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Help Me, Help You; Lend a Hand in Global Health

text reading, "Top 10 threats to global health" with text below naming the threats

Q&A with MPH Faculty Member Luba Louise Ivanov PhD, RN, FAAN

Have you ever thought about how the health of an individual in the desserts of the Middle East may effect the health of someone living in the United States? In 2016, malaria – a preventable disease – occurred worldwide in 216 million cases. Of those cases, 445,000 individuals died, mostly children residing within Africa. The World Health Organization cites that malaria, tuberculosis, stroke and HIV/AIDS were among the leading causes of death within low-income counties in 2016.

Luba Louise Ivanov, faculty member at Chamberlain University’s Master of Public Health (MPH) degree program, recently talked with us about how she has spearheaded change to impact global health. Below, she discusses ways you can and may already be lending a hand in raising awareness and making a difference in bringing global health to the forefront.

What sparked your passion for global health?

Our world is interconnected. What happens in one part of the world, impacts all of us. As a result, it is important to understand global health from a broad perspective. Also, I am an immigrant and have experienced many things typical of an immigrant. This helped me understand the role of global health in all of our lives.

Your drive to impact global health has led you on quite the journey. Can you tell us about it? What are some ways you’ve personally effected global health?

Most recently, I developed a global health practicum course and redeveloped a global health course offered to MPH students [at Chamberlain University]. I have also been involved in a community health and public health project in [the Eastern European country of] Moldova for the past 5 years and I conducted research in Russia, which has been published and presented at national and international conferences. In addition, I have been a keynote speaker at a conference in Turkey and had an internship at the World Health Organization. All of these examples have helped me better understand global health and its role and impact in our world.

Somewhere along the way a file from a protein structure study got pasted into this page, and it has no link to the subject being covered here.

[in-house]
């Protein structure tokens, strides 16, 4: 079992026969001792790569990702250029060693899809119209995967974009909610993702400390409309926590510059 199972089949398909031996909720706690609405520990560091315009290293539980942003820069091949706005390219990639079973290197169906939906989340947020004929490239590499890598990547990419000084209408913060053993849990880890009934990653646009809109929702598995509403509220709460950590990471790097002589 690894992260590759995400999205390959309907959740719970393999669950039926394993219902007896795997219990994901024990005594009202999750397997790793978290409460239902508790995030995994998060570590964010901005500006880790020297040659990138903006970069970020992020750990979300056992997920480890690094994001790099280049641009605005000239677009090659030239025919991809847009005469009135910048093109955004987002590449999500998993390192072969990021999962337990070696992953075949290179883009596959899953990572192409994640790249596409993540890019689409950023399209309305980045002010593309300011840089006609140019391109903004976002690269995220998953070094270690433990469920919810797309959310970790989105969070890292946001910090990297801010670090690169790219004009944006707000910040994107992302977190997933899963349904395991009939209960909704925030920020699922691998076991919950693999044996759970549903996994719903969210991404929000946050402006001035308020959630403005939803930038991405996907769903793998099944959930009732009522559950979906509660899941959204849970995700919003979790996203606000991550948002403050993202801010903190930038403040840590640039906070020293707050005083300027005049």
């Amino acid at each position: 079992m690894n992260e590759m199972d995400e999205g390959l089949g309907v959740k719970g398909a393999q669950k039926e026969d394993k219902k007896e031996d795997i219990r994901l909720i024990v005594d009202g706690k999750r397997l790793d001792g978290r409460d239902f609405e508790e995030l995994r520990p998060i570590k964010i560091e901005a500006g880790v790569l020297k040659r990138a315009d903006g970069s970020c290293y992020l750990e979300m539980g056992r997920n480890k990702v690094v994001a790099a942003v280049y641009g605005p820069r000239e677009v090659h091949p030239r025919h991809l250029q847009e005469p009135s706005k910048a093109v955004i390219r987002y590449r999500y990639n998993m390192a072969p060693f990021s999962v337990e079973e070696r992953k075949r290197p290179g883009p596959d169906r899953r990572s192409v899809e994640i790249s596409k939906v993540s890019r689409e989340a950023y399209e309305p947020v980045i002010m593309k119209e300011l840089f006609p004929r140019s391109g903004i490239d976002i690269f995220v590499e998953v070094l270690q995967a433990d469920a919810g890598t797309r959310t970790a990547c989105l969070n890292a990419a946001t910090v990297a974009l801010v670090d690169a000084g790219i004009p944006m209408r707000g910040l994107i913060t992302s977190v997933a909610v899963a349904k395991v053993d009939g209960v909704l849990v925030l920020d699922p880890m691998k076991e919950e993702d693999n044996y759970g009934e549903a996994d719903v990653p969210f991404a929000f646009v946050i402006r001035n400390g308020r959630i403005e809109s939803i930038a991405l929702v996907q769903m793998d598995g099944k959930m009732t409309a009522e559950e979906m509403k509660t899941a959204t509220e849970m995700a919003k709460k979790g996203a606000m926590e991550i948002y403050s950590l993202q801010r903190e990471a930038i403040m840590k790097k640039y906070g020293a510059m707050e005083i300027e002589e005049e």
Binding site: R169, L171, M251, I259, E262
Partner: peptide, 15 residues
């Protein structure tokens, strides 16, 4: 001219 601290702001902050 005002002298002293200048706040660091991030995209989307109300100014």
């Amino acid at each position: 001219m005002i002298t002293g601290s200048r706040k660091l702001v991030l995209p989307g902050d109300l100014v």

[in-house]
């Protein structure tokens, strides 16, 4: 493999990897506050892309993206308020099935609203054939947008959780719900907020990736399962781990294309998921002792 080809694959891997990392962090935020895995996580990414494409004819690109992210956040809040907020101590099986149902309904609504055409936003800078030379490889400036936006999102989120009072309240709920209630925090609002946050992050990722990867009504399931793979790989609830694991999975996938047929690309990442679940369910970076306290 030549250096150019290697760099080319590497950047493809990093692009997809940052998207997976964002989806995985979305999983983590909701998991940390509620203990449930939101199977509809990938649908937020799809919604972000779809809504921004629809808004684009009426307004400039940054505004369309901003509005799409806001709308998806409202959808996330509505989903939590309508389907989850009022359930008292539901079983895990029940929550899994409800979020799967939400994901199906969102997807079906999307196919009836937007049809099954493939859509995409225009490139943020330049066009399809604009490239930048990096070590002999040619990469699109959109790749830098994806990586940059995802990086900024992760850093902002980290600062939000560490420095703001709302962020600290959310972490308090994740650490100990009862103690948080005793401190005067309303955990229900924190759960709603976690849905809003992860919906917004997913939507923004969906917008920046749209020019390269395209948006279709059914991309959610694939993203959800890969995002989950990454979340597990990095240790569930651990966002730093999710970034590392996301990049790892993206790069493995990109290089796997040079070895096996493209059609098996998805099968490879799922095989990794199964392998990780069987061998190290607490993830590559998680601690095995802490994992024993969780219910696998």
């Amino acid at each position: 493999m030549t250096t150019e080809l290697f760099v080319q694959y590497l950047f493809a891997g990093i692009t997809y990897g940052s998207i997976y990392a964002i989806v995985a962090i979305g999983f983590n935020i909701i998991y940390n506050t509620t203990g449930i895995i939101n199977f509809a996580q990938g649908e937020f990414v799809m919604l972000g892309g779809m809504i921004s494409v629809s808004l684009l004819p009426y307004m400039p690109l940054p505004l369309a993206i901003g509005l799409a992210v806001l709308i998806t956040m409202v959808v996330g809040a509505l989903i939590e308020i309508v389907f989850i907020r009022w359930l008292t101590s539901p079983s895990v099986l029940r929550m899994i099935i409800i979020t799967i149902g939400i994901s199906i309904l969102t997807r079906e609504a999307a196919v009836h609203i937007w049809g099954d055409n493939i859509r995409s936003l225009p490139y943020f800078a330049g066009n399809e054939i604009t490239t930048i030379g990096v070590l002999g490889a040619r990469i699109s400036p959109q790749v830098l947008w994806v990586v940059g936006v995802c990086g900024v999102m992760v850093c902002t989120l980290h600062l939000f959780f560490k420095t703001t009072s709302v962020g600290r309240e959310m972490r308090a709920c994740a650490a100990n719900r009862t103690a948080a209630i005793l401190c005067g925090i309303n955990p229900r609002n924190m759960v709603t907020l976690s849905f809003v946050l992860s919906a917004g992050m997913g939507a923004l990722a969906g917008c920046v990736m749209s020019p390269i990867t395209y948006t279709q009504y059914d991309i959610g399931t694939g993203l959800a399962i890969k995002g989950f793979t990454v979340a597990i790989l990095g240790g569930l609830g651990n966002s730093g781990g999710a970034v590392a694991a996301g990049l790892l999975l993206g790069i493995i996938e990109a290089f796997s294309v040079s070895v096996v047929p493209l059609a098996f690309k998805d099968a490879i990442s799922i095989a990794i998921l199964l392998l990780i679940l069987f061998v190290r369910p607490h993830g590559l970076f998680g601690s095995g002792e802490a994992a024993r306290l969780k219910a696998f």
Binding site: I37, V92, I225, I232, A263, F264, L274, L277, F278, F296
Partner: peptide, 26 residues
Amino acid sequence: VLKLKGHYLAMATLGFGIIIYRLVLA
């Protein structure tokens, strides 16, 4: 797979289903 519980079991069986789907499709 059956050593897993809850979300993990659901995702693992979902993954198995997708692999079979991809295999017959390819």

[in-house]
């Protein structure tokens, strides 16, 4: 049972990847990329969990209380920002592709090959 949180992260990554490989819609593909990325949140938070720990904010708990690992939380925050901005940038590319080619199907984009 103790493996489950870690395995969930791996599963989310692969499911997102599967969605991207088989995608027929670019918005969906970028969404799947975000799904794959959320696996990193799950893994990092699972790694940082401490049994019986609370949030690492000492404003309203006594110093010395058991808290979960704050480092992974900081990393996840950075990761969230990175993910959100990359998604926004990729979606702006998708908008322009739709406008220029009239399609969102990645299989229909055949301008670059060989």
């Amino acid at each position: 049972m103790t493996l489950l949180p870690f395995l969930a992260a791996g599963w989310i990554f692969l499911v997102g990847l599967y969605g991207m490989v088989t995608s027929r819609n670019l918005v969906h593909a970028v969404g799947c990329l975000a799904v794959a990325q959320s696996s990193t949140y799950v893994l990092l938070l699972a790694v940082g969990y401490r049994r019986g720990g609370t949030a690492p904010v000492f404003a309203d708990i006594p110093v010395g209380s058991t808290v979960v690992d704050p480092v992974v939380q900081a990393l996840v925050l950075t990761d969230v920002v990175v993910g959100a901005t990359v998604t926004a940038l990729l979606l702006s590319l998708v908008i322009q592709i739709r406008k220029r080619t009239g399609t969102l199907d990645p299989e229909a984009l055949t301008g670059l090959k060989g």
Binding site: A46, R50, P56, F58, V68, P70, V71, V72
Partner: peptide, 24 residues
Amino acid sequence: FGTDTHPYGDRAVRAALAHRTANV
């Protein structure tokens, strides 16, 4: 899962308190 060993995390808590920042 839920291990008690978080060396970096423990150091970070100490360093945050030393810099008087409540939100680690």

As an educational institution, how can we work to bring global health to the forefront?

Providing international experiences for students in all programs would be beneficial to provide them with a better understanding of global health. Faculty could be encouraged to conduct research globally and with international counter parts.

From my understanding, Chamberlain University currently has opportunities for students to engage with public and global health. How are students prepared to impact global health?

The students in the MPH [degree] program have a required global health course and there is an option for students to get a Global Health Certificate outside of the degree program. Students also have the opportunity to do their fieldwork practicum at the end of their coursework in a global setting. Student in the BSN degree program can also expand their education and gain deeper understanding of cultural and socioeconomic differences by attending one of our Global Health Education Program trips.

As an advocate for global health, what is your greatest hope?

My greatest hope for global health is to help students broaden their perspective of health. This would allow them to better understand what the challenges that populations in our world face and what they can do to help advocate for them.

Why do you think the topic of global health is being highlighted during National Public Health Week?

There is a lot of misunderstanding about global health today. Some individuals may view global health as a negative movement. I hope that the global health focused day will help to provide further education on the issue.

Looking for ways to contribute to the broad issue of global health? Explore the exciting opportunities available through Chamberlain University’s Master of Public Health degree program. Request more information here.

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